Environment: Action Plan to Reconcile Green and Industrial Concerns

Environment: Action Plan to Reconcile Green and Industrial Concerns

European Report, 28 January 2004 - Boosting economic growth without
playing havoc with the environment is not a lost cause: one strategy is
to develop and promote greener technologies. This is the thrust of a
European Commission proposal to launch an Environmental Technologies
Action Plan (ETAP).

Due to be officially unveiled in a Commission Communication issued on
January 28, the 10-point plan is divided into three major categories.
The planned measures range from market research, to creating suitable
market conditions and acting on a global scale. The action plan is
expected to require a budget of some Euro 23.676 million over the
2004-2008 period: 1.58 million for DG Environment-related schemes and
22.096 million for those emanating from DG Research. It is scheduled to
be presented to the March 25/26 EU Summit in Brussels, as part of the
debate on meeting the Lisbon Strategy targets and the application of the
European Sustainable Development Strategy agreed on during the
Gothenburg Summit in Sweden in June 2001.

Environmental technologies include all technologies whose use is less
environmentally harmful than relevant alternatives. They encompass
technologies and processes to manage pollution (e.g. air pollution
control, waste management), less polluting and less resource-intensive
products and services and ways to manage resources more efficiently
(e.g. water supply, energy-saving technologies). Thus defined, they
pervade all economic activities and sectors, where they often cut costs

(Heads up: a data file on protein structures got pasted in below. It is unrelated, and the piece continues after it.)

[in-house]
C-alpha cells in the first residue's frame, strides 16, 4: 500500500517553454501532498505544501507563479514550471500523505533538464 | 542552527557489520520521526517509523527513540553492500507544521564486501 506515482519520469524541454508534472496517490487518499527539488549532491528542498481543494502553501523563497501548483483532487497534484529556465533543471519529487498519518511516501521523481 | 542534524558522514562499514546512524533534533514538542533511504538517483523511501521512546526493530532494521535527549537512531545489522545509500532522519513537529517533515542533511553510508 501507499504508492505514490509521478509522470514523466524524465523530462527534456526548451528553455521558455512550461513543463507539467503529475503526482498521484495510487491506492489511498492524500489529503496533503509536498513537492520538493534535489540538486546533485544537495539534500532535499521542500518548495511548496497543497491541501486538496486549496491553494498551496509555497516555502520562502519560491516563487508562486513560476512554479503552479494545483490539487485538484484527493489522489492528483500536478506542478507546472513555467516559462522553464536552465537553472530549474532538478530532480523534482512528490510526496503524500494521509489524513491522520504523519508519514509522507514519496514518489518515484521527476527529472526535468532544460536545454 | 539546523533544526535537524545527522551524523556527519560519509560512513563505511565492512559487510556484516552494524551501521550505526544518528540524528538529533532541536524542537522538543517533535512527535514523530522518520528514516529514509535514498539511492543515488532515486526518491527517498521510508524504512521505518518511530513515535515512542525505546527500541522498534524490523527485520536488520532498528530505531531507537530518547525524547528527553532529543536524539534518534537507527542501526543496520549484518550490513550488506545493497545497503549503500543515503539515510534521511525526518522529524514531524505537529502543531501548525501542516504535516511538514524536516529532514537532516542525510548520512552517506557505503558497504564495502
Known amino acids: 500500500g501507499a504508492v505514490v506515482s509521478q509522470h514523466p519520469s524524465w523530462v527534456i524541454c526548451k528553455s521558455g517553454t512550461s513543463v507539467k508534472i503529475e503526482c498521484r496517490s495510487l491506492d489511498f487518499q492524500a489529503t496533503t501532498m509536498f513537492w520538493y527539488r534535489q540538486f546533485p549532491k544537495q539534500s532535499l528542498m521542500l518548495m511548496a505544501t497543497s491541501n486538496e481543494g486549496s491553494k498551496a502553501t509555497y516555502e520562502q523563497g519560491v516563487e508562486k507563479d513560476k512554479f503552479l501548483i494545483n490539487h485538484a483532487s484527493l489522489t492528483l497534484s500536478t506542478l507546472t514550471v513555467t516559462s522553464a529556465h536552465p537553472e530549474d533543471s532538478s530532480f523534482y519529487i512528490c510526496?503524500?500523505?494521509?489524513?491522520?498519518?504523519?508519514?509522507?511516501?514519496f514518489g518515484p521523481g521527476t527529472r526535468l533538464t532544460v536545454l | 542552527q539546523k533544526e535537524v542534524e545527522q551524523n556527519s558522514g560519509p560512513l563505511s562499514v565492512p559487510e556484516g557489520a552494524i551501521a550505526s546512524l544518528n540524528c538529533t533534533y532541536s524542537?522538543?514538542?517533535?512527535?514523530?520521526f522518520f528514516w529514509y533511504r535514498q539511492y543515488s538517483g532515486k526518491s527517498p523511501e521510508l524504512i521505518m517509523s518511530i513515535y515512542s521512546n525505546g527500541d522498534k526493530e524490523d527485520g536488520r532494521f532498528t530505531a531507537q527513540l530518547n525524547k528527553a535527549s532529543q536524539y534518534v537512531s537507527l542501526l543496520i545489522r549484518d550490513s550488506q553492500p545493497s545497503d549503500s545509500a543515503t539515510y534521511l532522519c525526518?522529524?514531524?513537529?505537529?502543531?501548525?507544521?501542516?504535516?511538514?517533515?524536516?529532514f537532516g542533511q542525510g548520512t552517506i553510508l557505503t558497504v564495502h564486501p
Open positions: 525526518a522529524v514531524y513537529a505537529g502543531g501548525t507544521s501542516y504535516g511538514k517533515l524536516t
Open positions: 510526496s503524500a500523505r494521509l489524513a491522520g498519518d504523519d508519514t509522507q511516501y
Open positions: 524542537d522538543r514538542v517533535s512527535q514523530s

and improve competitiveness by reducing energy and resource consumption,
and so generate fewer emissions and less waste. This Environmental
Technologies Action Plan (ETAP) therefore aims to harness their full
potential to reduce pressures on our natural resources, improve the
quality of life of European citizens and stimulate economic growth. It
is based on the recognition that encouraging the choice of advanced
environmental technologies in all investment and purchasing decisions
will go some way towards realising this potential, thus widening their
market and reducing their cost.

EU's global responsibility.

The EU also shares responsibility for the global environment because,
just as the resources it uses are not limited to those from Europe, nor
are its negative environmental impacts. The European Commission stresses
how Europe has shown leadership in international policies for
sustainable development, such as the Kyoto Protocol and the ten-year
framework of programmes for sustainable production and consumption
established at the Johannesburg World Summit on Sustainable Development.
Well targeted, Europe's potential for innovation can help develop
technologies that other countries may need to develop their economies,
while reducing environmental degradation. Other countries are also
developing these technologies, says the Commission and maintaining EU
leadership will require increased effort but will, in turn, consolidate
its strong position to argue for serious efforts by other countries to
provide a continued drive for sustainable development.

thank you world buisness council for sustainable development (WBCSD) -
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